“When they told me they could increase our profit, whilst doing the same amount of work, I was sceptical. Next they told me we could work less, yet still make the same amount of profit – yup I was still sceptical. But when they showed us how we could expand our business by using efficiency tools, yet not incur a lot of additional overheads and continue to grow our profits, I was instantly hooked.”
Initially developed to improve industrial efficiency and quality, Lean Six Sigma is now widely adopted by financial institutions, law firms, manufacturers, accountants, retailers, and hospitals. Lean Six Sigma is a combination of two models: Lean, is aimed at reducing waste, and Six Sigma, which helps companies reduce errors. Together they can help companies reap the benefits of faster processes with better margins and higher quality.
Benefits of Lean Six Sigma
The benefits of Lean Six Sigma are broad and deep and for the sake of brevity they fall into seven key categories:
- Financial benefits
- Strategic benefits
- People development benefits
- Client benefits
- Competitive position
- Stakeholder benefits
- Standardisation benefits
Lean Six Sigma is a methodology that delivers ongoing process improvement within your business by combining both common sense procedures and data-based tools to remove waste, reduce flaws and delight clients.
Lean Six Sigma will:
- Increase speed of production/service
- Reduces waste (inefficiencies in your processes clients would not see as value)
- Simplify processes
- Increases accuracy
- Directs focus on the client’s objectives
Productivity is the key to business sustainability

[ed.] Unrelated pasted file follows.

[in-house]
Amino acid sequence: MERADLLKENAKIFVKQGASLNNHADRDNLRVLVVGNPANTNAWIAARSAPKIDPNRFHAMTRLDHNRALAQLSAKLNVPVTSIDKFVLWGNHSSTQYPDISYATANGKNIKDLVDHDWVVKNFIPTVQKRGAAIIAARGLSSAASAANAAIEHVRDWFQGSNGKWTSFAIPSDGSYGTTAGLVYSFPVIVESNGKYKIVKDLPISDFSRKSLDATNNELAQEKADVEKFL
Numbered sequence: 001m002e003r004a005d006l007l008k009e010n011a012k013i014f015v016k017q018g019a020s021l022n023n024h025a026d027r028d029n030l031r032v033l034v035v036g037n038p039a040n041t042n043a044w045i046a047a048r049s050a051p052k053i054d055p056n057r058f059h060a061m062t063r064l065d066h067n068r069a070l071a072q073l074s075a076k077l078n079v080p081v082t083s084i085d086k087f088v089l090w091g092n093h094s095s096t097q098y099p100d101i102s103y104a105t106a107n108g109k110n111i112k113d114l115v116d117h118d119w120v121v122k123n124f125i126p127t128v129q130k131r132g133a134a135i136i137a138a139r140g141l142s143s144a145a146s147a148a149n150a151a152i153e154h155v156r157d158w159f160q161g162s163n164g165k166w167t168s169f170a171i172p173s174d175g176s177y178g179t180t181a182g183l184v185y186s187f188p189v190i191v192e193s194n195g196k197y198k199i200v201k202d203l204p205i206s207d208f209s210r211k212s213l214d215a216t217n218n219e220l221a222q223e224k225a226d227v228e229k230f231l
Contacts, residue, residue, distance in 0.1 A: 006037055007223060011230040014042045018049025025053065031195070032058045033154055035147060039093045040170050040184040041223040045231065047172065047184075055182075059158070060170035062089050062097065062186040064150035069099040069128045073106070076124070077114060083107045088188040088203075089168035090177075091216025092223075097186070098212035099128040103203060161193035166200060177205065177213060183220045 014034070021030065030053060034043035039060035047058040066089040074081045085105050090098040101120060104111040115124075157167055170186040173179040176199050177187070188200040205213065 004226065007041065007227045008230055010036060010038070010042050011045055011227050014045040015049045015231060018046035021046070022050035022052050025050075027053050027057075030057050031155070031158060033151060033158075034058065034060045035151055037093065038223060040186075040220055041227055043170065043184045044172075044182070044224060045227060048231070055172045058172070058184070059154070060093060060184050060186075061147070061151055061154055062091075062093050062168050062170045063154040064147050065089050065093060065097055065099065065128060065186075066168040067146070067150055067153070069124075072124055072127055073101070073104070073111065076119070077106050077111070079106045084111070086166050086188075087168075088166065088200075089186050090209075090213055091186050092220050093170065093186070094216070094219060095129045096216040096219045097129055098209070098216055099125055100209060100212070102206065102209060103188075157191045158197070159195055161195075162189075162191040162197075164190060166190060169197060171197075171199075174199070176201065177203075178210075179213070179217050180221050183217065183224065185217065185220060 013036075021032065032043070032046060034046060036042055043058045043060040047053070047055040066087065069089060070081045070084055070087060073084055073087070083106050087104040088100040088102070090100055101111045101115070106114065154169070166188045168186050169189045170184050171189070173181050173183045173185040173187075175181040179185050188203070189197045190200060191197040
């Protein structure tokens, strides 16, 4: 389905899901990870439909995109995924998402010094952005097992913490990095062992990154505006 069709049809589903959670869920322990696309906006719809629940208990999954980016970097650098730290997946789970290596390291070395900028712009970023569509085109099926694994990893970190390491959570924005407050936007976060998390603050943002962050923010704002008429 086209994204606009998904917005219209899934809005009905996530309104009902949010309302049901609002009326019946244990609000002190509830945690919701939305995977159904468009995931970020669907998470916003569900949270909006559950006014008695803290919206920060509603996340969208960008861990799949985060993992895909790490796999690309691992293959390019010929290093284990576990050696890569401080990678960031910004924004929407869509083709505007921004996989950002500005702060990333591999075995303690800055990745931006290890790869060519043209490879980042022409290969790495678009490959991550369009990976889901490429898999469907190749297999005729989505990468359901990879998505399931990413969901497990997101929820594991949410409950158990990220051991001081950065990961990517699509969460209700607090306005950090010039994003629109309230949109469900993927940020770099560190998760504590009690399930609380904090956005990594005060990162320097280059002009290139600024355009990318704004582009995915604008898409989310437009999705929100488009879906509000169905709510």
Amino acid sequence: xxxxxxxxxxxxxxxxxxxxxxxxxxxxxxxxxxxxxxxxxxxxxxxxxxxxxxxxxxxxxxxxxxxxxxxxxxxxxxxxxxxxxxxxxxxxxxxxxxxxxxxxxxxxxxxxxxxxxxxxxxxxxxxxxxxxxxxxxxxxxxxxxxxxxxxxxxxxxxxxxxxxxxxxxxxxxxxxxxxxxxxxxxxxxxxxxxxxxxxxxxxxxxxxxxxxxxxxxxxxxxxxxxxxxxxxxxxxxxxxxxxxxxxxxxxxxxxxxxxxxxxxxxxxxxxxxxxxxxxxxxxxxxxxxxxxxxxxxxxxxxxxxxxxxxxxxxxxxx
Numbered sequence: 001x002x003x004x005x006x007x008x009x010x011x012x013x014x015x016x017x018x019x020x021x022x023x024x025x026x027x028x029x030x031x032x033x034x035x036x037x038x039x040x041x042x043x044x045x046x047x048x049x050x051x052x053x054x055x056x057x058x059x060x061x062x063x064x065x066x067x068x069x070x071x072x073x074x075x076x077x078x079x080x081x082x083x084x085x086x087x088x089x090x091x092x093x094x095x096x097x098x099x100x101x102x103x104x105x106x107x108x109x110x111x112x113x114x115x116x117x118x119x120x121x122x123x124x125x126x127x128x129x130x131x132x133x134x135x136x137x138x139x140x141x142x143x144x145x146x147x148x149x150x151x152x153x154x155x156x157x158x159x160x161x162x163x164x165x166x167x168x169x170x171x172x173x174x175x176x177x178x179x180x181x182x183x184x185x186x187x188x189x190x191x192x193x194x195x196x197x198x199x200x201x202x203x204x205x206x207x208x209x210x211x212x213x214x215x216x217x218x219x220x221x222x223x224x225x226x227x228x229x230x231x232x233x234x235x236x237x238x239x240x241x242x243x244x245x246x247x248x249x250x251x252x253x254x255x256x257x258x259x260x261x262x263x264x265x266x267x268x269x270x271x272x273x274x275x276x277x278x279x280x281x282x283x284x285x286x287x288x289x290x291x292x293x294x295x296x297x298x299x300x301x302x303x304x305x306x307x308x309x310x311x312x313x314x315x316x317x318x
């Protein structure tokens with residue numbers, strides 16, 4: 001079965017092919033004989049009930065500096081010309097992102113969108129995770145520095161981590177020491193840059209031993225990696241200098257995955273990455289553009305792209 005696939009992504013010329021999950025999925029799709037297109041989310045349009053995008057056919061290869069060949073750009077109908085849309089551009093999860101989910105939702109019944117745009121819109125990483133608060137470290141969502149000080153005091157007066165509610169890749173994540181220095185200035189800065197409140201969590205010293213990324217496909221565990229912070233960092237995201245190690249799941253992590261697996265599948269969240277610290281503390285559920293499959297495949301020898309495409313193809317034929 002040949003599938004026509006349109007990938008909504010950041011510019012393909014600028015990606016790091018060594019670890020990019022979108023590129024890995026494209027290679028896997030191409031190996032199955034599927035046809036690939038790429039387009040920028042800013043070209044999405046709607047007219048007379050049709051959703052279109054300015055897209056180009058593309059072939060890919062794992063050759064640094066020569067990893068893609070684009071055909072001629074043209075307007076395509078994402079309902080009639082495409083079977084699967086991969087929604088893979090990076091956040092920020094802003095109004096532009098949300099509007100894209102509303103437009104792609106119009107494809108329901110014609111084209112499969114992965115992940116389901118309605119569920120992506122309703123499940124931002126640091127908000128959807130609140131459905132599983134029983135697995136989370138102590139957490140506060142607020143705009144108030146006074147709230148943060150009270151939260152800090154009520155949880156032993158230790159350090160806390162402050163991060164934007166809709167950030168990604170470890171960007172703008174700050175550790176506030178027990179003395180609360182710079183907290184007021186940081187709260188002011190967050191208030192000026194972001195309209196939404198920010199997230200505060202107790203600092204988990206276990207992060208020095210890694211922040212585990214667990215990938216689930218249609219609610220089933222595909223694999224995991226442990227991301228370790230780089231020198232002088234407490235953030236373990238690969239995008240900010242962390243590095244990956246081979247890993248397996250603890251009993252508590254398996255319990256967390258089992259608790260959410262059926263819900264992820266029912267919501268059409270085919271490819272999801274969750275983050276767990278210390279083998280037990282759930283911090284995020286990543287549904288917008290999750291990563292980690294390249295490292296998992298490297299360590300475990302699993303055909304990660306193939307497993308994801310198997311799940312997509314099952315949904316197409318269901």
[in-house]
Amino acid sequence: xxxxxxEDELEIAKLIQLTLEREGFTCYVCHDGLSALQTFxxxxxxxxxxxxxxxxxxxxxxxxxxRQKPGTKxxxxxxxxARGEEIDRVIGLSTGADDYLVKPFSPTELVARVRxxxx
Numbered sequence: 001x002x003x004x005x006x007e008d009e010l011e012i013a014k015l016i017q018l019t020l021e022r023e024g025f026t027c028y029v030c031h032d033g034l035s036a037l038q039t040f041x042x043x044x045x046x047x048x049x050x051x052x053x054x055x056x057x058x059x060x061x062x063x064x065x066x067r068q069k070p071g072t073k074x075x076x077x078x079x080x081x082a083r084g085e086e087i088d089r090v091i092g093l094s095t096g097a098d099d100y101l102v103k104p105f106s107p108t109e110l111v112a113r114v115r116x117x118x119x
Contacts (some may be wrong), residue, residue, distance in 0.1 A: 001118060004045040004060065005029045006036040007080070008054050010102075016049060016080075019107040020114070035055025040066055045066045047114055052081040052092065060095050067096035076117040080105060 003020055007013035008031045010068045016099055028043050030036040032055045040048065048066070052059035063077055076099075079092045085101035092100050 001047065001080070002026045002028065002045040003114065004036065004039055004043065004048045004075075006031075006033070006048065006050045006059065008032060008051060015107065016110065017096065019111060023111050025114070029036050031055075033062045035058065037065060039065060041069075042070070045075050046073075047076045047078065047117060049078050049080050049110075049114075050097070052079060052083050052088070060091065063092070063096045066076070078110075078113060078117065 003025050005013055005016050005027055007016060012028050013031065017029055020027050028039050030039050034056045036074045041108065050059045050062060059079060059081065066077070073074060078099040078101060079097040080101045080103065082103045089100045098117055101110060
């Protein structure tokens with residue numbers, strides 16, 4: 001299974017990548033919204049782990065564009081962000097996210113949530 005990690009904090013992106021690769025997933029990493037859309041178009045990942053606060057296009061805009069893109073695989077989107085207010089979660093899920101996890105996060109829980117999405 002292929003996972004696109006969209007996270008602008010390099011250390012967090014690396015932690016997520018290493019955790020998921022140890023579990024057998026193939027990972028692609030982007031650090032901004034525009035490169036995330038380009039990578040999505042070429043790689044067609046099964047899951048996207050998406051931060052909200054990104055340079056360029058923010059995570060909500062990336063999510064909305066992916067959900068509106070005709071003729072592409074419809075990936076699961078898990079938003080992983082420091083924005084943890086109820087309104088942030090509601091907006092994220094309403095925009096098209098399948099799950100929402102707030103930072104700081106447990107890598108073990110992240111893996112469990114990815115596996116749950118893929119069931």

Lean Six Sigma productivity is improved and sustained productivity. All resources are used to create value for your clients. All other uses are considered ‘waste’. Working from your client’s viewpoint, “value” is any action or process for which your client will want to pay you.
Lean Six Sigma can be applied to attack waste in each step of your organisation’s processes. Errors or variations in your processes that may be identified as waste include:
- Repeating or correcting employee work product
- Preparing materials far in advance of when needed
- Failing to allocate work to appropriate employees
- Inefficiently or ineffectively communicating with clients
- Waiting to receive necessary information from the client
Clients want value. How do you know what value is? How do you find out?
The challenge is not just recognising what value to create, or what the benefits are, but to simplify client-facing processes to efficiently deliver the value your clients want. You must understand what combination of benefits derive the most value to your client. This, a key feature of the process, is to capture the voice of the client.
When we develop a client’s value proposition, we keep in mind the following:
- There are two stages clients assess value; before and after they make their purchase
- Value is perceived at various levels and value must be delivered at various levels
- Understanding what clients’ value is the first step in delivering client value
Delivering value to a client will involve us strategically thinking about:
- Cost and benefits
- Predictability of delivery
- Achieving client’s desired outcomes
- Delivery of high-quality service and excellence